MM The one thing you can be sure of is that all the players featured in the preview ads on TV will be crocked by the time it comes to playing. They’re showing Torres a lot but it’s not entirely certain he’ll play

  64. mishari permalink*
    May 29, 2010 1:15 PM

    With a joint salary of about £280,000 they (Ed Balls and Yvette Cooper) can easily afford the nanny, but Balls sympathises with those who struggle to meet the huge costs of childcare.–The Times, April 27

    That Ed Balls…he’s all heart.

    Starr was arrested last week at home amid scenes described by prosecutors in court that sounded straight from a crime movie (my italics). When federal agents arrived at his door, Passage told them her husband was not at home. But as they started to trawl through the apartment, Starr was found hiding in a walk-in closet after agents spotted his shoes sticking out from under clothing.–The Grauniad, today

    A crime movie? Really? Which one? Scarface Meets Jimmy Choo? Mind you, hiding in a closet is never a good idea: ask David Laws…

  65. May 29, 2010 9:04 PM

    Department of unintentional irony: during the election, having seen David Laws being interviewed on TV and actually speaking clear and reasonably unequivocal English, I posted a comment somewhere on CiF to the effect that ‘he seemed to have integrity and if he could keep his hands clean in the coalition he might do very well for the LibDems in the future’.

    Well, I guess he does have some integrity since he’s just resigned. Clean hands, maybe not so much.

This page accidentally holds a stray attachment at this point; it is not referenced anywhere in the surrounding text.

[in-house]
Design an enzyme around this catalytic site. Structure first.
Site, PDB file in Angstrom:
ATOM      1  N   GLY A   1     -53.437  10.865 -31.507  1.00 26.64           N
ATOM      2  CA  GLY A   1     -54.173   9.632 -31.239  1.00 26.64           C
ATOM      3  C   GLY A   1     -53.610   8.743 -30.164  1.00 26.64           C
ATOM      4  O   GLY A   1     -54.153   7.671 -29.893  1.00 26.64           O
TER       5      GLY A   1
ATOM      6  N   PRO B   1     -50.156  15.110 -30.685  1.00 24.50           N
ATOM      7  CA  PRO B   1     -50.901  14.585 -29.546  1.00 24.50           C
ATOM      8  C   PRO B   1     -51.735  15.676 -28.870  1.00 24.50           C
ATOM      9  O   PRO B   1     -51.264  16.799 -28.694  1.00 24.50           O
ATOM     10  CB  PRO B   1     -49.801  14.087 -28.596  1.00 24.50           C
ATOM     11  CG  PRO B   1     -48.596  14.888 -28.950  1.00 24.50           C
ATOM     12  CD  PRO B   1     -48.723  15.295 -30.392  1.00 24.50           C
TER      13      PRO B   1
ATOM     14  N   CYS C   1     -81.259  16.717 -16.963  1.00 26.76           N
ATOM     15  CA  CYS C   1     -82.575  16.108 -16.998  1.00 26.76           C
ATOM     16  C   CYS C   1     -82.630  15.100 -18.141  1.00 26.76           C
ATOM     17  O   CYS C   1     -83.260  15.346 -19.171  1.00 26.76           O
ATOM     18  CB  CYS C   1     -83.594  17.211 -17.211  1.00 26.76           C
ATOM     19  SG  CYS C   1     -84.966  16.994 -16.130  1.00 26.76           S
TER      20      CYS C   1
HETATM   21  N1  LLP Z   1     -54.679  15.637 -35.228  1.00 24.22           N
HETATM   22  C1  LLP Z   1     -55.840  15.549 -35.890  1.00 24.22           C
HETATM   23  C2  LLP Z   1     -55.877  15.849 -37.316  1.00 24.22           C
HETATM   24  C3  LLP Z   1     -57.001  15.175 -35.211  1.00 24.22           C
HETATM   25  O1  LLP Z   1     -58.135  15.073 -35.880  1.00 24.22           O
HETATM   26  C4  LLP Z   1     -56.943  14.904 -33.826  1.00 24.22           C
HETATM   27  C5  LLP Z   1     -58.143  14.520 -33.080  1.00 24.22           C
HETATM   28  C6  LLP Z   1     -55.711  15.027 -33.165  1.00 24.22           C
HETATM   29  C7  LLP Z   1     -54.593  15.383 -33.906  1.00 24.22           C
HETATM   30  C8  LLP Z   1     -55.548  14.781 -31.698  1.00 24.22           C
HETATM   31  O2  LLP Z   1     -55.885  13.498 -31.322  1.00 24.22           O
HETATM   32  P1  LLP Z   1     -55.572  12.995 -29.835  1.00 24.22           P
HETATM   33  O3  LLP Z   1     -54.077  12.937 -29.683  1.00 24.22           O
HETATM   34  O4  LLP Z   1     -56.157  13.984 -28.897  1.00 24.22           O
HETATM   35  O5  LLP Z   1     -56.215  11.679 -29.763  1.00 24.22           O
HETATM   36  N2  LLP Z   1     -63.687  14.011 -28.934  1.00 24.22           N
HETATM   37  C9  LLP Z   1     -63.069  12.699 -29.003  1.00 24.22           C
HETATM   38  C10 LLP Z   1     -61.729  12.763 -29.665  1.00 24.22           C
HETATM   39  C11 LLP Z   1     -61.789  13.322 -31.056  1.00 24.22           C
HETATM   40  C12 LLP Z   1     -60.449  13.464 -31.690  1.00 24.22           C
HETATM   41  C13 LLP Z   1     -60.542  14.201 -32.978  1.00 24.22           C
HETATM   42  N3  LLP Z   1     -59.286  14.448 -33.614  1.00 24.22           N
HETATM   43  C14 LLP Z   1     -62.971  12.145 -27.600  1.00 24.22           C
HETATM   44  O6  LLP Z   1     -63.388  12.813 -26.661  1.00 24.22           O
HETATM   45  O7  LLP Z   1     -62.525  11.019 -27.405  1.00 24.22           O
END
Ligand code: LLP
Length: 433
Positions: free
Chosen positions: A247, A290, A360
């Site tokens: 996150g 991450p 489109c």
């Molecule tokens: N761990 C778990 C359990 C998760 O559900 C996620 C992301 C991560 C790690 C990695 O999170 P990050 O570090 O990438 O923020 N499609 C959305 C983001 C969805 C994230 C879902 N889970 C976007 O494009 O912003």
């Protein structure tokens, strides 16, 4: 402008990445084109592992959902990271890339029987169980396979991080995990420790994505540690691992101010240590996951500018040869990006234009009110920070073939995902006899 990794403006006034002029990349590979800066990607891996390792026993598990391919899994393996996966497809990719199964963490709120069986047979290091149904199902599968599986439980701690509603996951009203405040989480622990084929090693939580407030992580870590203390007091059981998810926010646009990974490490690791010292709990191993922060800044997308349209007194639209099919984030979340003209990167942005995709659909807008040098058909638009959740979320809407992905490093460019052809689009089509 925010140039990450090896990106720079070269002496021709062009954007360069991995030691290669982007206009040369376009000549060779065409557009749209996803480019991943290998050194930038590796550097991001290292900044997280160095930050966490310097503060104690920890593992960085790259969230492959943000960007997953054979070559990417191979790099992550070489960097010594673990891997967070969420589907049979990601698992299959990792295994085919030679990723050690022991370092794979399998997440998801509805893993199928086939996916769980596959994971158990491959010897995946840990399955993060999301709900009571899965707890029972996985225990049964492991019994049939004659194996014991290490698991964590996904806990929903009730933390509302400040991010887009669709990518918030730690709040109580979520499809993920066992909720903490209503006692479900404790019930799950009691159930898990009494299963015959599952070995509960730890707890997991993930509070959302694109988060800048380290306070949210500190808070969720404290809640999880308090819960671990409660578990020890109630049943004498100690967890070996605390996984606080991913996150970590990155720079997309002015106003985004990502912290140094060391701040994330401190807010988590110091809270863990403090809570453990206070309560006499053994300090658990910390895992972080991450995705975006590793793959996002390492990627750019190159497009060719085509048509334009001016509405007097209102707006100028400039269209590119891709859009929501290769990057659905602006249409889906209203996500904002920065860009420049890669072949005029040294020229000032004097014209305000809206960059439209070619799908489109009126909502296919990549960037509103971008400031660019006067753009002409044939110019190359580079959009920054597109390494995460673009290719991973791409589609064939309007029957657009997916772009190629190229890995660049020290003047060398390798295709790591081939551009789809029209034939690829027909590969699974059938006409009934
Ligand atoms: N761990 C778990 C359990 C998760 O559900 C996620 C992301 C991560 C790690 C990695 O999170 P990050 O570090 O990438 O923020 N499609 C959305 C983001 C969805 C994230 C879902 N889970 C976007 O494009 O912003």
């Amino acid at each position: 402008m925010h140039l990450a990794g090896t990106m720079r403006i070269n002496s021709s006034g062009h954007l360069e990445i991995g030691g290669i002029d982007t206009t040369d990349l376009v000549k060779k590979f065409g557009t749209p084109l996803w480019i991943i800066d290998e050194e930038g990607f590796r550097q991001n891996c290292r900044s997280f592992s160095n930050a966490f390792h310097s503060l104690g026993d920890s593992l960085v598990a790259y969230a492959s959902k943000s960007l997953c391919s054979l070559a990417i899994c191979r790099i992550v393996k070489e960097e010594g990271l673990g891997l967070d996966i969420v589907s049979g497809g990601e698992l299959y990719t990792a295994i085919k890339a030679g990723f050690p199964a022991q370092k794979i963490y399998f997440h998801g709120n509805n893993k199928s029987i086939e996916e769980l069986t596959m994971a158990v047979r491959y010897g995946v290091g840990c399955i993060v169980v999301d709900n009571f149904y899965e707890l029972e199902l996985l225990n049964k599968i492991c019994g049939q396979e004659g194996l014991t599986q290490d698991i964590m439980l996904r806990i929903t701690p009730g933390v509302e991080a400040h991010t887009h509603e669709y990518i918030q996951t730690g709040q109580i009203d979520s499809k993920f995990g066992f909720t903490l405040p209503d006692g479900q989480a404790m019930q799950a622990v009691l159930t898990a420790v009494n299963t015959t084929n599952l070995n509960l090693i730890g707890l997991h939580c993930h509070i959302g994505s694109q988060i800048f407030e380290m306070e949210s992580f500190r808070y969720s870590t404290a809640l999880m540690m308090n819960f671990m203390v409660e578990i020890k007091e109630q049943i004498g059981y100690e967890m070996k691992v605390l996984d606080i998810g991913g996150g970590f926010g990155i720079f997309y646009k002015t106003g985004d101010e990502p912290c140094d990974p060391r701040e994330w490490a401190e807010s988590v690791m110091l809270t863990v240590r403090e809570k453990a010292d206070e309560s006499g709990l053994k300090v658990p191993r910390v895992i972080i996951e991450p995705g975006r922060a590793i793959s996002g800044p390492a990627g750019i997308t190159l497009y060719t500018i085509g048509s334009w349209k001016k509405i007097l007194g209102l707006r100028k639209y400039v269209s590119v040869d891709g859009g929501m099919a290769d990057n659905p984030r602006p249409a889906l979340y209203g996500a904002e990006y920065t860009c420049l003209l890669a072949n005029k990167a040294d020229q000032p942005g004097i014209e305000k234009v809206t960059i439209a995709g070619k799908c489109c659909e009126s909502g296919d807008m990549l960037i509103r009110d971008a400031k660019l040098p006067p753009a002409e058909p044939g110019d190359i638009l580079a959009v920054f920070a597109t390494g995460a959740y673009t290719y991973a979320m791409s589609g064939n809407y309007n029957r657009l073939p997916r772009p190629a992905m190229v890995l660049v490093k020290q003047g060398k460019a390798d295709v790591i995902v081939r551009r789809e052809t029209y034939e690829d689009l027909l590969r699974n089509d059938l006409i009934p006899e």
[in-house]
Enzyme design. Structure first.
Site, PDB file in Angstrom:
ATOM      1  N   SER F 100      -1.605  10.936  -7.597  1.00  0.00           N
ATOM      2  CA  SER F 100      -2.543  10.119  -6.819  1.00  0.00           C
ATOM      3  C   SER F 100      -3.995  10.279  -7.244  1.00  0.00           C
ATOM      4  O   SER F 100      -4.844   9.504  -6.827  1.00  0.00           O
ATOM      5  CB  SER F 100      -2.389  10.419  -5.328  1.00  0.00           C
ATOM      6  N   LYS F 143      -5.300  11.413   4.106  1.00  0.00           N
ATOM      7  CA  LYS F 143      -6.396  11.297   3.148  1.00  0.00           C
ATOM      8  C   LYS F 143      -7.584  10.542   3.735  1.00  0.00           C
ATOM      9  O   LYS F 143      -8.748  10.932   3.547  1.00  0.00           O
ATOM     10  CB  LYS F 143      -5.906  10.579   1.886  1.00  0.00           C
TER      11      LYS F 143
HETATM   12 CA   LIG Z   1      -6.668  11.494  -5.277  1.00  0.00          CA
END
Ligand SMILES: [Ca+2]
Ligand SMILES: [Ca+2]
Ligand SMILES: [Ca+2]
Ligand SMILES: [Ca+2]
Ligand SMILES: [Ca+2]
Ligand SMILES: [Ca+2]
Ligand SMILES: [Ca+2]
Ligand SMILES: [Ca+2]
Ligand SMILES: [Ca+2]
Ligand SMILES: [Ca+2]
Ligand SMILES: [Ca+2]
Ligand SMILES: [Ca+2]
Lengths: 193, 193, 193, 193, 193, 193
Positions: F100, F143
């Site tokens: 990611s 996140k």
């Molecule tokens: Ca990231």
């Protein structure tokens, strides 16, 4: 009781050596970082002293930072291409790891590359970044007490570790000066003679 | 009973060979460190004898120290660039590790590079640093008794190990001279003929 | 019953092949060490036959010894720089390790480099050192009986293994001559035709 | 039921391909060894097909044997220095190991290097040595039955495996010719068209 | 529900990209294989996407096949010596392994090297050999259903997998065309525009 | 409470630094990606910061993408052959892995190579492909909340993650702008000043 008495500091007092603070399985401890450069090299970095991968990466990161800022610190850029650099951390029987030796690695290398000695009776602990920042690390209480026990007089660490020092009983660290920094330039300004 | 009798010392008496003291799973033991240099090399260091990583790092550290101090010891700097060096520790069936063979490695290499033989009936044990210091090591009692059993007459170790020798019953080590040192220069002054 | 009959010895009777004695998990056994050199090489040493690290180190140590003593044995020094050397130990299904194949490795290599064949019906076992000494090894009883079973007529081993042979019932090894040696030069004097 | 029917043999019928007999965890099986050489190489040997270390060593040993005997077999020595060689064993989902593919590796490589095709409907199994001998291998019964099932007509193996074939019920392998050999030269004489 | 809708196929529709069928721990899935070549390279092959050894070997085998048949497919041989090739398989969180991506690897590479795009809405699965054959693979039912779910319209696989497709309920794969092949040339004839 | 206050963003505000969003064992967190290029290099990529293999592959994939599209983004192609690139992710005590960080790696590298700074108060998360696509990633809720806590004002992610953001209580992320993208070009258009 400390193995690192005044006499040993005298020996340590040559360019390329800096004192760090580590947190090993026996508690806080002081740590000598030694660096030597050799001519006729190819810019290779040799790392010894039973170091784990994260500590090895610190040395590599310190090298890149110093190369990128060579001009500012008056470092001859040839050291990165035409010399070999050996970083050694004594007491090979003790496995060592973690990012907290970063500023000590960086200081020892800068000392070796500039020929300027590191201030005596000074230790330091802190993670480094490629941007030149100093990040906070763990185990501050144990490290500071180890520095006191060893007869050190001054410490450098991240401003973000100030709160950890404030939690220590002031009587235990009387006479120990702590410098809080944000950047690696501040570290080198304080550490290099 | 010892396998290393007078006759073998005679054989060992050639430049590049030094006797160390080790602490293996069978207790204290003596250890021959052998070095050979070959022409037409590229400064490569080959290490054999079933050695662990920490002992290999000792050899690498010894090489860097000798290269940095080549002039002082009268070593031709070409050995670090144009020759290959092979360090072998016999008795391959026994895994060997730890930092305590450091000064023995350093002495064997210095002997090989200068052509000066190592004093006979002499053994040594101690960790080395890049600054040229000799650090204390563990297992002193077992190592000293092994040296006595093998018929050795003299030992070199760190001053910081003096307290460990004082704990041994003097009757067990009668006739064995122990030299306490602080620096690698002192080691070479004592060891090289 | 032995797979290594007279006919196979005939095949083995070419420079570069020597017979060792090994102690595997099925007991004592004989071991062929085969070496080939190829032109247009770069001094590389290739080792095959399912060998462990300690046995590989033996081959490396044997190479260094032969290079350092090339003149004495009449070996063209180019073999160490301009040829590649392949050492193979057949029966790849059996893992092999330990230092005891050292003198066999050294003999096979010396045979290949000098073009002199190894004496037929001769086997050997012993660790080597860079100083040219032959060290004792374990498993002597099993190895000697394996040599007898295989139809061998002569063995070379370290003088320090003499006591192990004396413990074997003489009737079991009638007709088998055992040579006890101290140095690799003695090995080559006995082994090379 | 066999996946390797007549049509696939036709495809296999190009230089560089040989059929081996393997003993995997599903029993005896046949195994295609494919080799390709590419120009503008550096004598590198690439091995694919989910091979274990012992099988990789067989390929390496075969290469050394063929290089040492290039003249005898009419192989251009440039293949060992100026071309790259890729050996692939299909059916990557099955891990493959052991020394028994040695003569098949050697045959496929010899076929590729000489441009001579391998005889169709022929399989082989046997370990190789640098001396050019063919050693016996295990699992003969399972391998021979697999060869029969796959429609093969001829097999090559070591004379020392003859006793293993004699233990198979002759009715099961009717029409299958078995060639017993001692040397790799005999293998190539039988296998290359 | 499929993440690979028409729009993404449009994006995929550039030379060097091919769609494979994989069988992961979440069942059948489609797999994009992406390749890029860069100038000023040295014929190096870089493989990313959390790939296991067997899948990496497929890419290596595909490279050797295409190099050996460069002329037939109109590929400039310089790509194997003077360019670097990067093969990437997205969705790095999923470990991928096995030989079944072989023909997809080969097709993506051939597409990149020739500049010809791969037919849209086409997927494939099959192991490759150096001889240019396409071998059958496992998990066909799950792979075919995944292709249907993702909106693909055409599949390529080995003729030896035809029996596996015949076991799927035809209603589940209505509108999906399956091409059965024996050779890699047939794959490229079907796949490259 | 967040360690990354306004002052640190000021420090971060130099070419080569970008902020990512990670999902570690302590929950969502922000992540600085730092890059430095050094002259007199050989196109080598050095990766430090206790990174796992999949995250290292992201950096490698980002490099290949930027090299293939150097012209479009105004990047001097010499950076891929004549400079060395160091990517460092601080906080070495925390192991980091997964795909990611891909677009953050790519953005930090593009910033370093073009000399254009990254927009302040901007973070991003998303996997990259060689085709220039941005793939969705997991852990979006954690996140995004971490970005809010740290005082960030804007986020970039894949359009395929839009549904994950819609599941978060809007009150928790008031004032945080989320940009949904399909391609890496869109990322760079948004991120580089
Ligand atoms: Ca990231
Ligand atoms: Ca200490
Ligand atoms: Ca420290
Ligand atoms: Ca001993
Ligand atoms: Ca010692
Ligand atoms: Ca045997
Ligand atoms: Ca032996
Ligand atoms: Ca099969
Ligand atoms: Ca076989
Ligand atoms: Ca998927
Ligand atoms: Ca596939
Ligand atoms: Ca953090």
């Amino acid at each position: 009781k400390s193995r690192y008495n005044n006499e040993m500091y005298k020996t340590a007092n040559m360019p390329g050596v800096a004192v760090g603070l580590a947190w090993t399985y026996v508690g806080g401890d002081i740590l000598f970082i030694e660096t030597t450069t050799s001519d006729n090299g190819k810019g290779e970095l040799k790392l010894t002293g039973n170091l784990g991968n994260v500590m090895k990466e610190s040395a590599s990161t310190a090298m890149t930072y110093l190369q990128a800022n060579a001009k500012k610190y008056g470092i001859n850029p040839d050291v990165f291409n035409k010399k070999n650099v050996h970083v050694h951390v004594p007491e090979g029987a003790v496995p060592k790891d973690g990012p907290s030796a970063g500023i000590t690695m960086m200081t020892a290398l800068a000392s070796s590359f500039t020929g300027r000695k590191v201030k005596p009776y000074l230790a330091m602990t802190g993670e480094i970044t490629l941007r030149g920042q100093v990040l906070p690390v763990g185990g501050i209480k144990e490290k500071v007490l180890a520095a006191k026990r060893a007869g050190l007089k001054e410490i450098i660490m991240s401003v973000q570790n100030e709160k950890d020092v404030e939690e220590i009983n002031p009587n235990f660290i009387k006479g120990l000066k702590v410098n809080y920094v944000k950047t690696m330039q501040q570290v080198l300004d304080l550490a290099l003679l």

66. MeltonMowbray permalink
    May 29, 2010 11:19 PM

    As several people have pointed out, if Laws wanted to keep his relationship quiet the way to do it was not to make any claim at all. Since (we’re told) he’s a millionaire he didn’t need the money. Barmy.

    Rather a touching article by Yvette on why she’s not standing for Leader. I sympathise with her. Who would want Mr Balls looking after their children?

  67. mishari permalink*
    May 29, 2010 11:52 PM

    It beggars belief, dunnit? Here’s a man, a millionaire, being paid £65 grand a year plus endless perks and expenses and he still feels the need to claim some piddling sum (£80 a week, I think the figure is). I sometimes wonder if these people are quite sane. Jacqui Smith and her 80p bath-plug, Hogg with his moat, McShane with his 5 laptops a year…

    Pinhead Yvette is too dim to grasp that she and her ilk are the reason Labour are so widely detested…the reason she’s not standing is the same reason that I won’t be entering this year’s Rachmaninoff competition…

  68. MeltonMowbray permalink
    May 30, 2010 11:44 PM

    Laws isn’t much of a looker, I must say. He must have a GSOH, or other assets which aren’t visible.

    Gove gets Niall Ferguson to rewrite the History curriculum. I suppose they’re lining up David Irving to do the Nazis.

  69. InvisibleJack permalink
    May 31, 2010 3:38 PM

    Hi Mish and friends

    It’s been an absolute honour to have been a guest in this fine place all these months, but I find myself so stretched with commitments and personal projects that I’m leaving the longer blog-poetry aside for awhile, so I’ll beg my leave of you into the near future if I may.

    I’ll keep my eyes on you from time to time though, and some day maybe I’ll return with a poem or two. I hope you’ll have me back.

    As Hic points out further upthread, you’ll find me on facebook if you care to call. I don’t do chat or any of that bollocks, so don’t fear. As always, only poetry can move me. For the time being though, as Hic (again) has already spotted, I’m a mimimalist poet, so I won’t keep you all day if you do pop your heads my way.

    Keep the faith my friends.
    It’s been an honour;
    your comrade in verse
    Jack Brae Curtingstall

  70. May 31, 2010 6:43 PM

    Having had Gerald Kauman as an MP who was always very good on a local level I was shocked to find he’d been dipping his hand in the till as well.

    Obviously many of them are greedy little twisters but I wonder if they are getting bad advice about these expenses from somewhere. A tax advisor will tell anyone to claim for as much as possible so I wonder if MP’s are following suit, the blunder being that they haven’t considered how it plays with the public.